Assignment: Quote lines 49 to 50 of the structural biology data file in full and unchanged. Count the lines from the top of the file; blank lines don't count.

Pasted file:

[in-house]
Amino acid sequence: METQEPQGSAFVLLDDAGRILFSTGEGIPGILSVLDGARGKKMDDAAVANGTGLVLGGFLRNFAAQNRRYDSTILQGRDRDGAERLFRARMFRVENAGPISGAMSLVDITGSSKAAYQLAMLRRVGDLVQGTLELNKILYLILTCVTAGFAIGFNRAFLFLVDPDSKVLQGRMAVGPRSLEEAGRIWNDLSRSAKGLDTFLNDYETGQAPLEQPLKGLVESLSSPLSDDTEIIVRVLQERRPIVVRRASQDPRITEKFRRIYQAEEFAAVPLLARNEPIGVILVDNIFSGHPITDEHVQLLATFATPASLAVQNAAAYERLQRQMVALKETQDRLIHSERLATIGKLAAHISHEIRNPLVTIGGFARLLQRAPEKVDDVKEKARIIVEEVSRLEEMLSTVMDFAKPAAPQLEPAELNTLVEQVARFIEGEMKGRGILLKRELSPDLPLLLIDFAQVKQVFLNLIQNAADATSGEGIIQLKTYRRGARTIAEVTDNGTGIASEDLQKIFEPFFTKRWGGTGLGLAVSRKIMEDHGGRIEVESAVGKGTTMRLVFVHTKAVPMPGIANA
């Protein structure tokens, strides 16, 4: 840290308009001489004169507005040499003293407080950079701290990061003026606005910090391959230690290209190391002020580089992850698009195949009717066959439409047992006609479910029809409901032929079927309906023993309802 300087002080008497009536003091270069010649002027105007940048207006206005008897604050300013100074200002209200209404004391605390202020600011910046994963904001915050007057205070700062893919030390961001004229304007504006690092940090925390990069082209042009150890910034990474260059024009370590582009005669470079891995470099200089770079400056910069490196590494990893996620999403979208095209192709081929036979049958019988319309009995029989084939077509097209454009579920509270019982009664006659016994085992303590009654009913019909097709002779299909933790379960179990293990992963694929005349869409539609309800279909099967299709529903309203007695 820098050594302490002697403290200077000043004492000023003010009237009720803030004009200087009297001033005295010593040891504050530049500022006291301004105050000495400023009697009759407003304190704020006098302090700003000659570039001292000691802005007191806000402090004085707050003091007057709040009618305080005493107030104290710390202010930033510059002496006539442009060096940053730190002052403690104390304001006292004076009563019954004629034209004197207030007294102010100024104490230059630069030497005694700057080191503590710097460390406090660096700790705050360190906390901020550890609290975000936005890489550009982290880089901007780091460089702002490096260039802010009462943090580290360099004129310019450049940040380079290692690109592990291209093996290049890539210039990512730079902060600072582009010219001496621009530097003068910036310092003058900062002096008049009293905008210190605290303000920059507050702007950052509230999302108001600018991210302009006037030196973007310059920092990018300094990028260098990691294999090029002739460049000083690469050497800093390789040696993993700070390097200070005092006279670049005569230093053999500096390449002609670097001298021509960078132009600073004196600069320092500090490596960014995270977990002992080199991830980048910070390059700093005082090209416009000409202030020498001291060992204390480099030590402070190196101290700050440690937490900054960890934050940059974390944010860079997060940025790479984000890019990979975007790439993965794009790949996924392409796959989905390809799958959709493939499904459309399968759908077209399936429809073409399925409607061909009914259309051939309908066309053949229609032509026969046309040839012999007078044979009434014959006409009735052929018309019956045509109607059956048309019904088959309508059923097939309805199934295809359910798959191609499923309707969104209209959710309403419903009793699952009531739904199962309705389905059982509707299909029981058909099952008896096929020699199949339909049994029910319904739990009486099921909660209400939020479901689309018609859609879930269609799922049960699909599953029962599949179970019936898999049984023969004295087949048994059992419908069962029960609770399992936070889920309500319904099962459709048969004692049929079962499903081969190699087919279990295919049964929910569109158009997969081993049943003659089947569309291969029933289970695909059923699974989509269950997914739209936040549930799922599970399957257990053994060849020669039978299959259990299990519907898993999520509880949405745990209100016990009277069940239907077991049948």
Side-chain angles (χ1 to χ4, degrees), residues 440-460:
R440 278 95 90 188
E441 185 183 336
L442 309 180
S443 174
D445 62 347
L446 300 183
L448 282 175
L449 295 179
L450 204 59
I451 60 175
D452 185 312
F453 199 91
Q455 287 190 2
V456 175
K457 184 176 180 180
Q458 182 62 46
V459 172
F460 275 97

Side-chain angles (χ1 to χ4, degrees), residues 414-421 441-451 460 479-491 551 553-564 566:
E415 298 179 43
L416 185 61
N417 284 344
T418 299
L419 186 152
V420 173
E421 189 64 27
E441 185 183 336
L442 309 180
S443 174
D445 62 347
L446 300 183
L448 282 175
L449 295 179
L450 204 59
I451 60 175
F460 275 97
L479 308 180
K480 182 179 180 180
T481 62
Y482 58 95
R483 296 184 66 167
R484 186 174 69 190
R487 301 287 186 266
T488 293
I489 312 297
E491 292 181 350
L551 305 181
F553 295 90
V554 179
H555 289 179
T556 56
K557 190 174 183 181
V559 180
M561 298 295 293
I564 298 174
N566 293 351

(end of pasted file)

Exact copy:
I489 312 297
E491 292 181 350